Medieval Medicine - Doctors in Medieval Europe answers questions
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Medieval Medicine

three sick children
Sick children, 1456 AD

During the Middle Ages, most people were sick with something for most of their lives. Newborns were often born small because their mothers had not had enough to eat when they were pregnant. Babies caught dysentery and typhoid from drinking water with sewage mixed in it. About a quarter of all babies died before they were a year old. Children caught one cold virus after another. They also were infested with worms that made them tired all the time. Mosquitoes gave them malaria.

Medieval doctors didn't know of any treatments that worked for these sicknesses (we still can't cure colds). Doctors bled kids to reduce the fever, but that was worse than doing nothing. People tried praying to God and visiting Catholic healing shrines like Toulouse or Westminster Abbey.

Kids also caught measles, mumps, rubella, and chickenpox. Most children recovered from these colds and illnesses on their own, especially if somebody took good care of them while they were sick. Smallpox killed more people. By about 1150 AD, many doctors in Europe had read Ibn Sina's medical encyclopedia, and knew that people caught measles and smallpox and tuberculosis from other people, so they began to try to quarantine sick people - to keep them away from other people for forty days (quarante, in French). Medieval doctors treated tuberculosis as the Romans had, with good food, rest, and clean air - but also by bleeding the patient.

Children also had frequent eye infections and skin diseases like scabies. If kids got cuts, the cuts became infected, and sometimes kids died of the infection. Doctors sometimes successfully treated infections and skin diseases by pouring vinegar on them, but many doctors thought wrongly that if you got a lot of pus in your wound that would help it heal.

Almost everybody had lice, and they caught typhus from the lice. They caught ergotism, a form of poisoning from eating infected bread. Because they didn't get fresh fruits and vegetables or enough sunshine in the winter, they had vitamin deficiencies like scurvy and rickets and blindness. Some children suffered from epilepsy.

Teenagers had fewer colds, and no more worries about measles and chickenpox. They still caught dysentery andtyphoid, but they were strong enough that they usually didn't die of it. Teenagers sometimes developed mental illnesses like schizophrenia, psychosis or depression. People often found some relief from mental illnesses at healing shrines.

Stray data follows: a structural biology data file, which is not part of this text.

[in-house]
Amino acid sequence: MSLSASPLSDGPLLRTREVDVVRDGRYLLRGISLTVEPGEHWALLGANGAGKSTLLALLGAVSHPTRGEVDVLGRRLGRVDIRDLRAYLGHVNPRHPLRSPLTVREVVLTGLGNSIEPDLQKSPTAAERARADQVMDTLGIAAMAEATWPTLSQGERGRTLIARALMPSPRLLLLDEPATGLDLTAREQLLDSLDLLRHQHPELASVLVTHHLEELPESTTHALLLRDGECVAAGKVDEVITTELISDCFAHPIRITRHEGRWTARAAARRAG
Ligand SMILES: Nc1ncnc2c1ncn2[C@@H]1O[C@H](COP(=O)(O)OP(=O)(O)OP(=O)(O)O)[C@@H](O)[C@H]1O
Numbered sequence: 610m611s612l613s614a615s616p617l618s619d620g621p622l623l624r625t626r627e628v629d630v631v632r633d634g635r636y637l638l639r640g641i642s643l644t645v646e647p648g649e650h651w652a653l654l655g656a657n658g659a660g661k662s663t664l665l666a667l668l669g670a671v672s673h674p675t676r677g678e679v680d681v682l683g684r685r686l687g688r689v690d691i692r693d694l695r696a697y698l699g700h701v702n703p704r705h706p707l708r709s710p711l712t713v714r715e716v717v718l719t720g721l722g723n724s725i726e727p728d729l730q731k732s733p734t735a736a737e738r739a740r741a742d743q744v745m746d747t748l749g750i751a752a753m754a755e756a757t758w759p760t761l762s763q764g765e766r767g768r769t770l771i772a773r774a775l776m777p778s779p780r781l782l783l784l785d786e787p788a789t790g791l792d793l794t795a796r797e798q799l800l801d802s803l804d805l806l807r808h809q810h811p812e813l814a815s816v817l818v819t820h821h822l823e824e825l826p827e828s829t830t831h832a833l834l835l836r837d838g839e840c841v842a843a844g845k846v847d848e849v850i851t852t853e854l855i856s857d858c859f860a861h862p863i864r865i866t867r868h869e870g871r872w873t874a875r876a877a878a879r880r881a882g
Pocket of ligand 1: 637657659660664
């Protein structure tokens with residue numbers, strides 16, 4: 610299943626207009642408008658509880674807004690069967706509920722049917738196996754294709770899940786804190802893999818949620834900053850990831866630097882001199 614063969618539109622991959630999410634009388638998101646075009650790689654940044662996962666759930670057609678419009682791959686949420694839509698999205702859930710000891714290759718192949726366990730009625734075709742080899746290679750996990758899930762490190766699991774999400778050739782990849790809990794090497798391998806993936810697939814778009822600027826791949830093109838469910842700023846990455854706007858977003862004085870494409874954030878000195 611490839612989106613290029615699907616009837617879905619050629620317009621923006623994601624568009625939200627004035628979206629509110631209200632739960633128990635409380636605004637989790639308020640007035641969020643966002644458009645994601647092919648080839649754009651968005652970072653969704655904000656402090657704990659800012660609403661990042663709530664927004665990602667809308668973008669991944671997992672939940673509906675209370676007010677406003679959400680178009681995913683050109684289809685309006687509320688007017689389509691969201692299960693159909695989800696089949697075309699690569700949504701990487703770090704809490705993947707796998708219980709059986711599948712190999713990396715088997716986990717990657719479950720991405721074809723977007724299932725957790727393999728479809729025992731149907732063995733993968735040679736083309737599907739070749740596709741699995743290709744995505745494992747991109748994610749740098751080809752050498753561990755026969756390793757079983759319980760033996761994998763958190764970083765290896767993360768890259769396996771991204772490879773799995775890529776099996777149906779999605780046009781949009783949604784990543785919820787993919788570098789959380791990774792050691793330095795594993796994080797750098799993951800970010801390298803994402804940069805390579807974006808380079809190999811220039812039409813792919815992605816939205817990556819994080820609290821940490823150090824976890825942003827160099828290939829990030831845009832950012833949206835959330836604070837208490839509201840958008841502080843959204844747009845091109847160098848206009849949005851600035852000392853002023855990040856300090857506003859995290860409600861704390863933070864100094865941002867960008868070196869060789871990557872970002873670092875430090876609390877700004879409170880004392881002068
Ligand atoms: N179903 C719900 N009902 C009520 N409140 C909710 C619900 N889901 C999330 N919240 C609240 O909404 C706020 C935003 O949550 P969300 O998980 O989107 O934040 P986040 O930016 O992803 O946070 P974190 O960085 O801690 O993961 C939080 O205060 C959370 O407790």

Many women died in their 20s either in childbirth or right afterwards, of infections they caught while giving birth. Birth control didn't exist for most people. Some women became very depressed after having a baby. As people got older, frequent eye infections often led to trachoma, where your eyelids get so scarred that you go blind.

By the time people were in their 30s, they began to have a lot of trouble with cavities in their teeth and gum disease. People often died of an abcess (an infection) in a tooth. Many women (and some men) got breast cancer, and other types of cancer also killed people. People also complained about kidney stones and bladder stones. In the 1200s AD the Italian doctor Theodoric Borgognoni wrote a book about surgery where he abandoned many old Greek and Islamic traditions and proposed new methods. Borgognoni said that encouraging pus in wounds was wrong, and instead insisted that doctors should clean wounds and sew them closed. He soaked bandages in wine to disinfect them.

Once people were in their 40s, they usually got sicker and sicker. From working so hard in the fields, men and women got arthritis in their joints. Often they would get weak enough to catch pneumonia and die. People who needed nursing care often moved to monasteries or convents, where Christian monks and nuns took care of them as in nursing homes today.

Only a few people - and mostly rich people who had warm clothes and plenty of good food - lived to be as old as most people do now.

Learn by doing: talk to an older person who's had measles about their experience
More about Islamic Medicine

Bibliography and further reading about medicine in Medieval Europe:

Islamic Medicine
Medieval Science
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Professor Carr

Karen Eva Carr, PhD.
Assoc. Professor Emerita, History
Portland State University

Professor Carr holds a B.A. with high honors from Cornell University in classics and archaeology, and her M.A. and PhD. from the University of Michigan in Classical Art and Archaeology. She has excavated in Scotland, Cyprus, Greece, Israel, and Tunisia, and she has been teaching history to university students for a very long time.

Professor Carr's PSU page

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